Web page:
To explain what integrated practice in this field is and why it is so essential I am going to  explain why harmonising practice and prioritising that as practitioners in this field is so important.  And why, as we move into 2020, where our vision for worldwide practice standards in this field will become real, setting out a foundation for thinking and working in an integrated framework is essential.

I have done this work for over a decade now and I have learned much about what there is to know about families affected by a child’s induced psychological splitting from direct contact with them.  When I say direct contact with them I don’t just mean the contact that comes from meeting people who are presenting their best selves in a snap shot version of who they really are.  Those experiences of families are useful, they help us to understand how the family presents in assessment but they are not the whole of the family experience and they are not holistic views of how a family has adapted to the problem of the child’s defence.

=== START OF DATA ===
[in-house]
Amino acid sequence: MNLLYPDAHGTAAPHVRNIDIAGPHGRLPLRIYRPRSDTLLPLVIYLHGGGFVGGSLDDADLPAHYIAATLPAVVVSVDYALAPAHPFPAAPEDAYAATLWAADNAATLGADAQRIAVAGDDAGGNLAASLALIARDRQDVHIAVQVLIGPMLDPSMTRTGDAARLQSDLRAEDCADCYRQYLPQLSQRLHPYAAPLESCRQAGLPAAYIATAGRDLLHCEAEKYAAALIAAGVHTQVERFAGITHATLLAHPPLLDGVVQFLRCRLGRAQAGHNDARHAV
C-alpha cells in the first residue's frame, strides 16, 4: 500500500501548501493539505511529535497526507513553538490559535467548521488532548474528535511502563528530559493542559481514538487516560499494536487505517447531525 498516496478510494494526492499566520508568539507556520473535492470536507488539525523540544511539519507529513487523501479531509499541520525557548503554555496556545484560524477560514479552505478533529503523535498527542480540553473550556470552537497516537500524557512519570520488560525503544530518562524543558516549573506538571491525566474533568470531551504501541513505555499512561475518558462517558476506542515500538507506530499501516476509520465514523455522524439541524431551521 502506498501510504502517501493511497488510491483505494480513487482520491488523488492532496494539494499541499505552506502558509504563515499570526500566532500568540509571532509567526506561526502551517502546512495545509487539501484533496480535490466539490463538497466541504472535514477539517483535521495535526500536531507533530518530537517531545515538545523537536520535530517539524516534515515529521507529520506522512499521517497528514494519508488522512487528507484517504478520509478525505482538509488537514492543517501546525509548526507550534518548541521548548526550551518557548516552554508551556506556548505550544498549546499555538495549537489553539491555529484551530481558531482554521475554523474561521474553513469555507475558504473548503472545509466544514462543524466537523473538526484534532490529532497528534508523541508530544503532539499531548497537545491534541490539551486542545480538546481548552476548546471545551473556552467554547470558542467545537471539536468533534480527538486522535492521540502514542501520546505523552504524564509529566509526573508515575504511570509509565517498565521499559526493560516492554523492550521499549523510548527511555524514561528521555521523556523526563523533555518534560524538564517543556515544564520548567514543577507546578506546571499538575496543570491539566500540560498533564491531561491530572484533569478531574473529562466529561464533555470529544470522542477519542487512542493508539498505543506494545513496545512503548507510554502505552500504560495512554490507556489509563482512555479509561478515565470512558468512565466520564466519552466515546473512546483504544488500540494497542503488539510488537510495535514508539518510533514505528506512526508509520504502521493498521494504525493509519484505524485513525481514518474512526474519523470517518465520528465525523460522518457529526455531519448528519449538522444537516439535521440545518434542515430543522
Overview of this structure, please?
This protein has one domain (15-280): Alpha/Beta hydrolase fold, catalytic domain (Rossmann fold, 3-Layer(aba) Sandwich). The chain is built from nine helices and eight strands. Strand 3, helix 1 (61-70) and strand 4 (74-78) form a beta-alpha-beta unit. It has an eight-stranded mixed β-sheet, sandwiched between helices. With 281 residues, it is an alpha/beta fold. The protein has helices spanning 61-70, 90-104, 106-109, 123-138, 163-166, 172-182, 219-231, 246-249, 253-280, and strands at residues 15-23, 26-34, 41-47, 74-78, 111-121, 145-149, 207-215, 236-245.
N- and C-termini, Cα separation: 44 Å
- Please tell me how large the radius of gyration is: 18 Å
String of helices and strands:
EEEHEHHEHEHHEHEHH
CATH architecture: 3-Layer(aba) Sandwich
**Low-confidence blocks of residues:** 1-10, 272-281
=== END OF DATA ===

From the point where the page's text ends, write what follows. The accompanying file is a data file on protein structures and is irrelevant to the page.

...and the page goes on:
When I say direct contact with a family I mean living with a family, I mean being embedded in a family system and I mean understanding at the deepest relational level, what it means to be part of it.  In every respect, working therapeutically with parental alienation DEMANDS that we become part of the system, that we allow ourselves to experience the discordant notes around the child and that we feel what it feels like to be this child.  Without that our understanding is one dimensional, it is a snap shot in time and it is surface level information.